The Workforce Innovation and Opportunity Act (WIOA) was signed into law on July 22, 2014. It is the first reform of the public workforce system since the creation of the Workforce Investment Act of 1998. In addition to replacing the Workforce Investment Act of 1998, WIOA amends the following laws:
- Adult Education and Family Literacy Act
- Wanger-Peyser Act
- Rehabilitation Act of 1973
The purpose of WIOA is to increase employment opportunities for individuals with barriers to employment by increasing employment training and education programs nationwide. WIOA also has an expanded list of priority populations, which includes more specific definitions of groups facing barriers to employment. The goal of this legislation is to create long-term career outcomes for individuals and nationals in order to promote economic growth across populations.
The key focus areas of WIOA are:
- Increasing focus on serving the most vulnerable workers—low-income adults and youth who have limited skills, lack work experience, and face other barriers to economic success.
- Expanding education and training options to help participants access good jobs and advance in their careers.
- Helping disadvantaged and unemployed adults and youth earn while they learn through support services and effective employment-based activities.
- Aligning planning and accountability policies across core programs to support more unified approaches to serving low-income, low-skilled individuals.
WIOA modernizes the public workforce system by establishing new activities and requirements and expanding on existing federal regulations with promotion of:
- One Stop Shops providing career planning, job training, job placement, resume review, and education resources.
- Emphasizing employer driven training programs.
- Mandating the development and adoption of flexible individualized strategies for clear pathways for job seekers to careers.
- Requiring the development of more comprehensive apprenticeship and career training opportunities for youth both attending and not attending school.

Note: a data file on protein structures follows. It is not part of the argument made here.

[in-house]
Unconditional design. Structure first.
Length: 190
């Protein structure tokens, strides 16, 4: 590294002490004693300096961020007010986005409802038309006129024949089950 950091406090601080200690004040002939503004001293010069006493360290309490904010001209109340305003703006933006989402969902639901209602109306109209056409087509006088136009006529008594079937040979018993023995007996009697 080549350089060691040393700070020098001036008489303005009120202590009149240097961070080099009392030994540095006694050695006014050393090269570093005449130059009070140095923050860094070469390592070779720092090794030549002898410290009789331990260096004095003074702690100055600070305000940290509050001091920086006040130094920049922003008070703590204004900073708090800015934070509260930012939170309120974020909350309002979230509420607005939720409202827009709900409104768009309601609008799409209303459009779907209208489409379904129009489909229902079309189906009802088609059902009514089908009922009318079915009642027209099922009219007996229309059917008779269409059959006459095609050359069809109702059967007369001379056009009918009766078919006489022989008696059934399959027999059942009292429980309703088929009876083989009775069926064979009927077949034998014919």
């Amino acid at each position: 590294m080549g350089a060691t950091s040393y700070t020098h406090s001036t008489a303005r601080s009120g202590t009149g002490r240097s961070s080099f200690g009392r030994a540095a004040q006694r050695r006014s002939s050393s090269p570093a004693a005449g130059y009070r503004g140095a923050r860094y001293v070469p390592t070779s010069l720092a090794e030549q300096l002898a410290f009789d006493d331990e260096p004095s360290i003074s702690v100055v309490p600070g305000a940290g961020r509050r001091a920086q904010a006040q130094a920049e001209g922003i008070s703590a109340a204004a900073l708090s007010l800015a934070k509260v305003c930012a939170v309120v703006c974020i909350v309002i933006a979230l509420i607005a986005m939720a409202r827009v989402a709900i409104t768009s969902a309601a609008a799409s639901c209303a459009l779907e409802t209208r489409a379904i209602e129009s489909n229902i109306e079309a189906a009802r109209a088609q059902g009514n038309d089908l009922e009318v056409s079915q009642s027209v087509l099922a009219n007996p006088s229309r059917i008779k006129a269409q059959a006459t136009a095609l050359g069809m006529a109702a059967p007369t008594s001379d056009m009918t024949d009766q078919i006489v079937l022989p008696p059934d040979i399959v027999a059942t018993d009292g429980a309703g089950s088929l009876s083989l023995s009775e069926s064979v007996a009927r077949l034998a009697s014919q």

The priority populations defined by WIOA are as follows:
- Low Income individuals
- Single parents (including single pregnant women)
- Eligible Youth (in school & out of school)
- Youth who have aged out of Foster Care
- Long-term unemployed
- Individuals with disabilities (youth included)
- Eligible migrant & seasonal farm workers
- Homeless Individuals (children & youth included)
- Individuals who are English language learners
- Low literacy
- Individual facing substantial cultural barriers
- Displaced Homemakers
- Native Peoples- Native Americans/Alaskan Natives/ Native Hawaiians
- Older Individuals
- Individuals with 2 years of exhaustive lifetime eligibility
- Other groups as the governor involved determines to have barriers to employment
Register for a free webinar about WIOA
Center for Law and Social Policy (CLASP ) conducted a policy analysis of WIOA titled New Opportunities to Improve Economic and Career Success for Low-Income Youth and Adults: Key Provisions for the Workforce Innovation and Opportunity Act; outlining the key provisions of the new policy and some opportunities to further improve the legislation to better serve populations in need.
Center for Law and Social Policy (CLASP) Resources:
CLASP WIOA Game Plan
Opportunities for Action
WIOA State Plans
U.S. Department of Labor Resources:
WIOA Bill Public Law No: 113-128
WIOA Fact Sheet
WIOA Fact Sheet: Governance and Leadership
WIOA Fact Sheet: One-Stop Career Centers
WIOA Fact Sheet: Youth Program
REGISTER FOR A FREE WEBINAR ABOUT WIOA